“Oh, but you did.” Raven was quick on her tail, sitting up and swinging her legs out of the bed. “I came to check on you. I brought you cereal. I made sure you weren’t dead. I didn’t even bring up the whole functioning drug addict thing, and you?” Raven turned and smiled softly, pleased indeed. “You asked me to hold you.”
“Well, I’m a shitty functioning drug addict then.” Anya grumbled and stormed out of the bedroom and down the hallway towards the kitchen. There was an empty mug in hand, soon to be filled with coffee that she could stir and stare into mindlessly while Raven no doubt made this more than what it had to be.
“You know at first I thought it was cute that you had the kid around. I thought it was really great that you were… doing something? I don’t even know where to begin with that. But I thought it was great.” Raven trailed behind her and leaned against the kitchen island with a cool stare. “But what business do you have trying to take care of a child when you can barely take care of yourself—”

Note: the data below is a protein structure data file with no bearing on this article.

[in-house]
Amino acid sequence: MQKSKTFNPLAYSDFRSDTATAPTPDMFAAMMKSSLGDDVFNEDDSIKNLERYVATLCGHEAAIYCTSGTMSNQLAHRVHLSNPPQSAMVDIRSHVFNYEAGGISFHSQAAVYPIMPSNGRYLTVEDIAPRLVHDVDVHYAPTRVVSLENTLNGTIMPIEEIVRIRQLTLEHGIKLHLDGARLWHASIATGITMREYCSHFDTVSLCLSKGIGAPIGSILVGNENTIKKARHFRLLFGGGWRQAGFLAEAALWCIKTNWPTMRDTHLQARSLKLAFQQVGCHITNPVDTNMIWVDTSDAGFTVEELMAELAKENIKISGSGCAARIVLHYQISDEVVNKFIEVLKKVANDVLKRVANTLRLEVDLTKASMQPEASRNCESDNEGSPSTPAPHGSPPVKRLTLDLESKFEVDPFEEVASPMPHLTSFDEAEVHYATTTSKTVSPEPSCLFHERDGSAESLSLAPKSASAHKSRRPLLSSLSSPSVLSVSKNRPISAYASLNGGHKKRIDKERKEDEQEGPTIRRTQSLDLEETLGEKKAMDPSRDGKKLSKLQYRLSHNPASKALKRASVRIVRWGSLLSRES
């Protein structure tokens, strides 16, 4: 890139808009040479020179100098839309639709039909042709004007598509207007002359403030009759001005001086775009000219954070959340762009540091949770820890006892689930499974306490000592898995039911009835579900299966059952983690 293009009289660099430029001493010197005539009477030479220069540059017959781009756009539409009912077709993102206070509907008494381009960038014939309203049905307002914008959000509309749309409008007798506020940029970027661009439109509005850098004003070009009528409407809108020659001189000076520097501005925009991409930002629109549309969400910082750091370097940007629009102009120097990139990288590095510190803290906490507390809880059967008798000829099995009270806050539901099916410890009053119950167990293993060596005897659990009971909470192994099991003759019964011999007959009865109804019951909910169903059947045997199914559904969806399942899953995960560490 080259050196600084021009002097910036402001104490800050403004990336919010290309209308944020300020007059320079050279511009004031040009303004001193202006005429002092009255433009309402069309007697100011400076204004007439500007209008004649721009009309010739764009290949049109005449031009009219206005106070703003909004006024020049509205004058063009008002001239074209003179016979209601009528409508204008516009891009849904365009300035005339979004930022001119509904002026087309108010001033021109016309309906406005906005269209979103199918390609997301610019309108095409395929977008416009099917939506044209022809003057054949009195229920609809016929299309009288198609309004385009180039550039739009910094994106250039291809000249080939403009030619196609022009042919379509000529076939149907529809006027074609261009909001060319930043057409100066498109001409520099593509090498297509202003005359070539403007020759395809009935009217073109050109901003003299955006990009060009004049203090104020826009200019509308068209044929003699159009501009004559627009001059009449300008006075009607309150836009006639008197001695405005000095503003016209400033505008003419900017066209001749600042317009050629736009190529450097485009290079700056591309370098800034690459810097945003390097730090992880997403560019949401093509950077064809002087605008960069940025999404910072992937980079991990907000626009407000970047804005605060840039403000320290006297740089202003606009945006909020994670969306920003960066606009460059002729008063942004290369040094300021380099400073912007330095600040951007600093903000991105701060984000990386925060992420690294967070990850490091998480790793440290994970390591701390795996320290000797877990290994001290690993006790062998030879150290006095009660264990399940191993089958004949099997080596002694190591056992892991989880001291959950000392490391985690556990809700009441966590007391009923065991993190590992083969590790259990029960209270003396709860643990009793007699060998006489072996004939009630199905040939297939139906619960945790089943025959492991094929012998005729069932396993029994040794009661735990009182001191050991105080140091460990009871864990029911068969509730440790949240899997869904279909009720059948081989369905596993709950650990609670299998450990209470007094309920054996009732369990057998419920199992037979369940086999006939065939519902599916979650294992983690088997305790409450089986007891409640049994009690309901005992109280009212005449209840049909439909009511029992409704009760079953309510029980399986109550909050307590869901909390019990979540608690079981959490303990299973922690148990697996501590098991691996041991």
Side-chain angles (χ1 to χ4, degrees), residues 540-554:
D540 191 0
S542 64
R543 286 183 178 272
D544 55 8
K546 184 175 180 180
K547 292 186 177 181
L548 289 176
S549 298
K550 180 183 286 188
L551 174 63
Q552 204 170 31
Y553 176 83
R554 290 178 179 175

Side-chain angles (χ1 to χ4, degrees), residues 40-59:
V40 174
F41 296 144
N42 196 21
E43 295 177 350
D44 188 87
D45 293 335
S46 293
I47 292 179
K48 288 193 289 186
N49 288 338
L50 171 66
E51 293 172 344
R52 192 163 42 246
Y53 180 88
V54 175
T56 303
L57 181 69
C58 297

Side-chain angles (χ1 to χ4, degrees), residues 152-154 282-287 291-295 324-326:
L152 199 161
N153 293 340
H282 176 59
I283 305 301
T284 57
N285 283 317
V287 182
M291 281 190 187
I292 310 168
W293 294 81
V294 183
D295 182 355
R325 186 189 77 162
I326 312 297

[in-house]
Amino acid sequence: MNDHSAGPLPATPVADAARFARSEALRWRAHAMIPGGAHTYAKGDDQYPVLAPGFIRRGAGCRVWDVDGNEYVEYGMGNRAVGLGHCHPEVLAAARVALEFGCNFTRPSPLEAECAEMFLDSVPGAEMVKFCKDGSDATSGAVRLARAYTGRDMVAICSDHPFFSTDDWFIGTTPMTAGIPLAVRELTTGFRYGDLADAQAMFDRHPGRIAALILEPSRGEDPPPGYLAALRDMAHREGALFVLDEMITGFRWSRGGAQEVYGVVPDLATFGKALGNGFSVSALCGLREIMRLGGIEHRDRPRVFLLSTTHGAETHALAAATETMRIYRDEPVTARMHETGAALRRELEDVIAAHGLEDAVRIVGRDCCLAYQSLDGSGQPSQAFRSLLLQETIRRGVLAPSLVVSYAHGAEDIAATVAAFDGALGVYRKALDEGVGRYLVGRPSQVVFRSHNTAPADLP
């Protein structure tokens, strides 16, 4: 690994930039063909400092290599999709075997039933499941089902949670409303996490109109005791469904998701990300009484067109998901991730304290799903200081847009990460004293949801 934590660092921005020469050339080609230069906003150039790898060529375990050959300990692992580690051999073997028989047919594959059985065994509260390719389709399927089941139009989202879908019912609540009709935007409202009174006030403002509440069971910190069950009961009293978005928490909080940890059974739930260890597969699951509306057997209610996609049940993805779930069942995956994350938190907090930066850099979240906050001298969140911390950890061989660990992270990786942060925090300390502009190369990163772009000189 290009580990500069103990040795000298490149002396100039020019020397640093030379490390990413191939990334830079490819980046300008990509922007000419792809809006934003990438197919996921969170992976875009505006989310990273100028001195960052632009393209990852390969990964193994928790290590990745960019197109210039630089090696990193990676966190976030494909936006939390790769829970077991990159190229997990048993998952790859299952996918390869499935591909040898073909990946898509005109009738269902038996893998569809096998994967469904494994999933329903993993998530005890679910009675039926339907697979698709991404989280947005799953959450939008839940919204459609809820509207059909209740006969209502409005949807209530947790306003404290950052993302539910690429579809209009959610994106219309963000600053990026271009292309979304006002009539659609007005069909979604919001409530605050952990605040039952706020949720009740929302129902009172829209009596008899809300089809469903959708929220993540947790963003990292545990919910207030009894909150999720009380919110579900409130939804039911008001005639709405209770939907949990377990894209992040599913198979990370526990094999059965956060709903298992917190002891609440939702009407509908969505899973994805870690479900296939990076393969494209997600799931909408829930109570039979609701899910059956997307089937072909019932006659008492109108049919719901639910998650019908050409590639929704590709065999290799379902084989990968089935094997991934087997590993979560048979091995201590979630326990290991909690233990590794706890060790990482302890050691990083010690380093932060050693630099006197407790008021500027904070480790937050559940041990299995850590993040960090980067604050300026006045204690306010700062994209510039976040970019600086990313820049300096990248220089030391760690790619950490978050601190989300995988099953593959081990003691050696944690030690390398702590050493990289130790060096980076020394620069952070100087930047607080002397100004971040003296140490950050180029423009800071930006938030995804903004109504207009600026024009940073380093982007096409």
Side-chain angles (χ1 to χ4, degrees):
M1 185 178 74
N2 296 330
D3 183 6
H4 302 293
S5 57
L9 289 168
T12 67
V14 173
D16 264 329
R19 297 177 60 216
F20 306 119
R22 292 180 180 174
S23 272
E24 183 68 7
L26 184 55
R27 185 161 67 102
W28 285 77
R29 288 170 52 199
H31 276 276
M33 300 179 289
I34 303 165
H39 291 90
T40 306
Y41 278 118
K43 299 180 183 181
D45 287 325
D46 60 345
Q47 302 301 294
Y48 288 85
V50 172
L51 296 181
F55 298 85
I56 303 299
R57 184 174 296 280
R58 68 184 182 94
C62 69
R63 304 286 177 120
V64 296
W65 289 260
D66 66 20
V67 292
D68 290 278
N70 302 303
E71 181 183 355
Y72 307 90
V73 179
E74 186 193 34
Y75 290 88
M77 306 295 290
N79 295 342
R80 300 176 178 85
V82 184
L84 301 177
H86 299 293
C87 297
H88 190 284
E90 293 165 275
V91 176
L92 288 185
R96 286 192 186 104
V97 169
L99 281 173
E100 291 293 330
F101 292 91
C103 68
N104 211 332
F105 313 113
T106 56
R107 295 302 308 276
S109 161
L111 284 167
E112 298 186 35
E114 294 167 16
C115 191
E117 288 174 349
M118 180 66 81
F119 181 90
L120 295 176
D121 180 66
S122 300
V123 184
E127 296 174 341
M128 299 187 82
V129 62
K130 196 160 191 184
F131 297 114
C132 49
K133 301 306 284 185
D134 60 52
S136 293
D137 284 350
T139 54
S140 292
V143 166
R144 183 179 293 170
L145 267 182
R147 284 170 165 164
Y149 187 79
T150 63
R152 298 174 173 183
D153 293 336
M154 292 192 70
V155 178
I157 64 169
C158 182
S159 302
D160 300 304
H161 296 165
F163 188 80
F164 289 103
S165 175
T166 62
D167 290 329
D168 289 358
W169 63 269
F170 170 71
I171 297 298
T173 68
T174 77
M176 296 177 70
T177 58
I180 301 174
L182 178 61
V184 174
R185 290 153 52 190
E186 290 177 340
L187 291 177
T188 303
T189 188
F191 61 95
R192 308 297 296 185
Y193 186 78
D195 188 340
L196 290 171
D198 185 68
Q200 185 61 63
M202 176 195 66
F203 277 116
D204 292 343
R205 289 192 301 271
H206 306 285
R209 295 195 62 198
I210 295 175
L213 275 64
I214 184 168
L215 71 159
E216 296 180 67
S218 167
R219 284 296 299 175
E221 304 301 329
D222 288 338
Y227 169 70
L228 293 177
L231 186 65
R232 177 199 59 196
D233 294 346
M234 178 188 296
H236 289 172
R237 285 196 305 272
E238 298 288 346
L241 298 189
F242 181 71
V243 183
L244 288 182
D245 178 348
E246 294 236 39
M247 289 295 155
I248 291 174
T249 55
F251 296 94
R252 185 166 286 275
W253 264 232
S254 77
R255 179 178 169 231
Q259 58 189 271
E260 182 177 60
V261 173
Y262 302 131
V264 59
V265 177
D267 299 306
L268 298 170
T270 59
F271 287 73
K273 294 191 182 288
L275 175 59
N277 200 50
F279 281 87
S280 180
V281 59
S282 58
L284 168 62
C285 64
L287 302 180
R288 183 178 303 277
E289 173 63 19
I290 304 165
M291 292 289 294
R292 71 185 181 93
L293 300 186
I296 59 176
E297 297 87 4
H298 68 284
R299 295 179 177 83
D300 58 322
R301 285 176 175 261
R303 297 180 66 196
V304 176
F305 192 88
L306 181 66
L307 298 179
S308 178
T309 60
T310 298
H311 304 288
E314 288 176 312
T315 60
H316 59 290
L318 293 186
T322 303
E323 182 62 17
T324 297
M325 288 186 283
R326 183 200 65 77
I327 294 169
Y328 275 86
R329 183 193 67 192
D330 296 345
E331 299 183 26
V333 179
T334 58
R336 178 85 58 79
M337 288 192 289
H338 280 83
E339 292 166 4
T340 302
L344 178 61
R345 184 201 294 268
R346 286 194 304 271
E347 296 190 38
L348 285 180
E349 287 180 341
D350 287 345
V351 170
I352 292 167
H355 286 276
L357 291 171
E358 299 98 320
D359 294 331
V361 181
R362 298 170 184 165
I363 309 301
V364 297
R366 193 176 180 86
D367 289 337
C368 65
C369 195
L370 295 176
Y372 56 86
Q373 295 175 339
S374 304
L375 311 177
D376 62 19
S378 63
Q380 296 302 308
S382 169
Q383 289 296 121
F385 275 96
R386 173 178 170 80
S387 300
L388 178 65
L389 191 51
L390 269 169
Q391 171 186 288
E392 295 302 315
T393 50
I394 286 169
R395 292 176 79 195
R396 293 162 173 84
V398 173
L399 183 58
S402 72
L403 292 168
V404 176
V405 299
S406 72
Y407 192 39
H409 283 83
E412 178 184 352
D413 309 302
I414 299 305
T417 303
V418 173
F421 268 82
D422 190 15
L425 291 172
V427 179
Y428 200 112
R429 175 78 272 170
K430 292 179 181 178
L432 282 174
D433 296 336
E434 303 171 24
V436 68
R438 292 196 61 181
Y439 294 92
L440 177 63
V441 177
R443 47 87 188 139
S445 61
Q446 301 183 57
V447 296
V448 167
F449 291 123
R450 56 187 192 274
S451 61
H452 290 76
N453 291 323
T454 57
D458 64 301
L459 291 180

“Stop.” Anya said calmly and looked up from the mug that was quickly failing in its singular task of rescuing her from this shit storm. “You don’t come in my house and tell me what I’m capable and incapable of doing. You don’t know me. You don’t know a damn thing.”
“Because I left?” Raven replied boredly.
“Because you left!” Anya snapped and launched the mug at the wall. “You left! I nearly lost my leg and you fucking left! I couldn’t walk and you left! I stood there and watched you tape up your fucking boxes and you left! You broke my heart, Raven.” Anya’s voice quivered and she felt all the more embarrassed for it. “You broke my heart and you fucking left.”
For a moment she looks embarrassed too, and that makes Anya feel better. Slightly. It isn’t much but it’s something, the way Raven’s head rolls forward and her shoulders slump. It’s a victory, the kind that Anya hasn’t won in a while. She feels better for it.
“You left first.”
“Excuse me?” Anya bit.